Monday, May 23, 2011
(Vegan French Toast on Pleasanton Brick Oven Bakery Pumpkin Currant bread. Maple Syrup, Earth Balance Butteryness, A salad of Sprouted Mung Bean and Lentils with Kalamata olives and a light Apple Cider Vinegar, sea salt and Nutritional Yeast dressing. Cold tea from fresh Parsley and Oregano. Hot Dandelion Root / Coffee / Cocoa with frothy Cashew milk.)
Vegans can enjoy French Toast! This recipe can be made with any kind of bread, but I have to say that the Pumpkin Currant bread I had stashed in my freezer from last falls pumpkin crop, was pretty damn divine.
Nut Milk French Toast
1/4 cup Nut or Nut Butter (I used tahini, but, other options could be peanut butter, cashew, almonds, walnuts, sunflower seeds)
4 tb oil
1 ts salt
1.5 cups hot water
5 or so slices of bread
a little bit of cinnamon
a little bit of vanillia extract
a little bit of milled flax seed
1 or 2 tb maple sugar (or other sweetener)
What to do?
Put the water and the nut /butter together in the blender. You can soak for a minute, or over night depending on the softness of your nut choice. Blend water and nut mixture a bit then add all other ingredients EXCEPT the bread and 2 tb of oil (which will be used for slicking the toasting pan).
Once blended well, pour the mixture out into a bowl appropriate for dipping the bread slices into. Dip and flip and soak bread slices.
Heat pan to a medium high heat, add a little oil, then toast up your soggy nutty bread. Do not try to garden or get into a deep conversation while you should be keeping your eye on flipping the toast. Flip toast. voilà. toast. French vegan style.
Serve with soy free Earth Balance 'butter' and locally tapped Maple Syrup.
Wednesday, June 9, 2010
First off I want to thank Bridget, Elon and Michael for encouraging me to share this recipe.
Second, I want to say that my first memorable experience with lentil soup was at Sultan’s Market in Wicker Park Chicago. The soup was simple, cheap, came in a Styrofoam soup cup and was served with a chunk of lemon. Best soup ever. Since then I have been perfecting my own lentil soup recipe…and now prefer my own lentil creations to anything currently on the market.
Before I get to the recipe, I want to mention how awesome lentils are. Lentils, cousins of the pea, were one of the first crops cultivated by man way back 8000 years ago. But lentils also have a history of being a food of the poor. The upper class would never consider serving lentils. Though, apparently Hippocrates did recommend lentils to patients who needed to improve their livers. And with these nutritional facts, the lentil has got me feeling like a rich girl!
100 grams of lentils have the same amount of protein as 134 grams of beef
1 cup of brown lentils will provide 38 mg of calcium (which is more easily absorbed by your body compared to the calcium from cow’s milk because your body won’t have to waste it’s energy and resources (including stored calcium) in order to process the animal proteins.)
Lentils are loaded with vitamins and minerals like phosphorus, magnesium, folate, iron, potassium, selenium, zinc, dietary fiber, Omega 3 and 6 fatty acids, and B vitamins. With the addition of nutritional yeast in this recipe, vegans, you got your B’s covered :)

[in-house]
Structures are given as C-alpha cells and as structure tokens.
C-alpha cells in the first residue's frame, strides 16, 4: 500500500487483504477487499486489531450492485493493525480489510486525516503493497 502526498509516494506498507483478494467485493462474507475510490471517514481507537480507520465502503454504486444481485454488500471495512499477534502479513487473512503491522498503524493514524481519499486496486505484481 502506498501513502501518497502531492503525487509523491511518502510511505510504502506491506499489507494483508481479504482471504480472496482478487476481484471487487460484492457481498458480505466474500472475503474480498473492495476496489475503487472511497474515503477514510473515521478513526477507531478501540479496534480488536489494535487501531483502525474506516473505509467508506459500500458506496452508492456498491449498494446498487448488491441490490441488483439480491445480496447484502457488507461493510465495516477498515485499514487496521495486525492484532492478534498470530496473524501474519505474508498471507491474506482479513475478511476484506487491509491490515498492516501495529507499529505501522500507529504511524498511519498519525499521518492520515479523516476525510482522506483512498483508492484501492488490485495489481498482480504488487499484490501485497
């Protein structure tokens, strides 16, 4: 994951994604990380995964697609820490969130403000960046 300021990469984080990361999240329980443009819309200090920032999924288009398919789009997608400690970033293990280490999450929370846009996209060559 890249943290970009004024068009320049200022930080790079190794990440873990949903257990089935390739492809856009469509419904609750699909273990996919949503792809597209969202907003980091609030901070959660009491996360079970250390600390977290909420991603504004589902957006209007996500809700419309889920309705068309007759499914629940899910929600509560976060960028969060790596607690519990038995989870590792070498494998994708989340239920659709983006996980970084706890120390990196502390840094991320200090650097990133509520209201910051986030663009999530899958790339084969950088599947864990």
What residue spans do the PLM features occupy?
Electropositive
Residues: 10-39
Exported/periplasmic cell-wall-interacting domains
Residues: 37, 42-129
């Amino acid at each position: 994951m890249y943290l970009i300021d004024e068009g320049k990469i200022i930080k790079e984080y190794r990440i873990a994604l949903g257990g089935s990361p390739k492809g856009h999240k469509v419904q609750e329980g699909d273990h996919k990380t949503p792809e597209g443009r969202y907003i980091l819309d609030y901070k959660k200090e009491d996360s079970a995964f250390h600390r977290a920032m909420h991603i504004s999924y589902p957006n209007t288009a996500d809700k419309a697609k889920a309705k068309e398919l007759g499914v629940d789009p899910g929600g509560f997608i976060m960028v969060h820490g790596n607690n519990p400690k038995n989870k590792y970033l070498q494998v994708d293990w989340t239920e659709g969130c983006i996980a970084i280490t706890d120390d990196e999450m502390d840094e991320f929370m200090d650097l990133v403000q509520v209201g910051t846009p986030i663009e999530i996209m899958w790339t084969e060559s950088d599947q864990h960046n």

Remember, I don’t give specifics because recipes are meant to by guidelines for your experimentations.
Red Lentil Lemon Soup
Onions (of any variety, red, white, yellow, green, fresh, powered, of course, whatever you can get that fits your local and organic food preferences)
Lemon Juice (or apple cider vinegar)
Dark Leafy Greens
Bust out your favorite soup pot. Get it going on a medium heat.
Chop your onion however you’d like. Finely chopped is great, chunks is great….experiment!
Cover the bottom of your soup pot with a thin layer of olive oil. Give the oil a few moments to heat up, and then put the onions in for a little sauté action. (If you are using garlic, chop and put that in now as well…..also, if you decide to experiment and add any other veggies that need longer cooking time, at the end of this sauté would be a good time to add them.)
Put your red lentils in something like a screen colander, or a bowl for a rinsing. Rinse them once or twice with cold water.
Now your onions should be about sautéed and you can pour equal parts water and lentils to your soup pot. Turn up the heat until the water boils. After water boils turn heat to low, cover your soup pot and let cook for about 20 minutes.
After about 20 minutes, give things a stir, the lentils should be just about sufficiently cooked (but will get better the longer they cook). If it’s too think for your preference, add water, too thin, cook longer. Now is the time you gotta bust out the taste buds to get the right flavor. Add a few tablespoons of lemon juice and a tablespoon or so of salt, stir, give a taste, learn to sense what you need more of…the sour of the lemon, or the salt of a fine sea salt (if you are upper class enough for such a thing.)
If you are using Cyanne and Tamari, now is a good time to add those flavors in. Stir your flavors in, adjust as needed and as preferred. Let everything cook together for another 10 minutes or so. Voila! That is the simple version. Now are you ready for the, “I’m a strong healthy vegan” kicking the ass of any steak dinner version?
Let’s start with the nutritional yeast. This is a powerhouse item which I feel is essential to healthy veganism. Add a tablespoon or so of that to the soup, stir in well.
So, once you have this awesome base of a soup, topped with the vitamin and mineral richness of nutritional yeast, go out into your garden, or rummage through your CSA box for your weekly dose of dark leafy greens. This is the stuff that keeps us alive girls and guys. I’m talking your kale, spinach, swiss chard, beet or even dandelion greens, etc and more…I’ve even used lemon sorrel in this soup! Incredible!
So yeah, get your greens together; rinse them off to give the spiders a chance to escape. For a smoother soup, I like to de-steam the tougher parts of a kale or chard leaf. Personally I prefer chopping my greens pretty fine, but test out different styles, if you are using smaller leaves, you might be able to use them whole!
(A trick for chopping lots of greens: As you rinse them, stack them into a pile, then roll them up into a tight roll, then you can chop all the leaves together at the same time in one roll.)
Ok, so now you got your greens chopped up, add them to the soup. Give them 3 to 10 minutes to cook, depending on your cooked / raw food ratio needs. If you need to add a little bit more water, go for it. Just remember to readjust your lemon juice / salt balance.
I think that’s it. Enjoy the joys of this healing and satisfying meal.
Wednesday, February 25, 2009
Before I say anything about how great it is to be a vegan, I want to stress how important it is to educate yourself about the food you choose to eat. Save millions. Become your own doctor.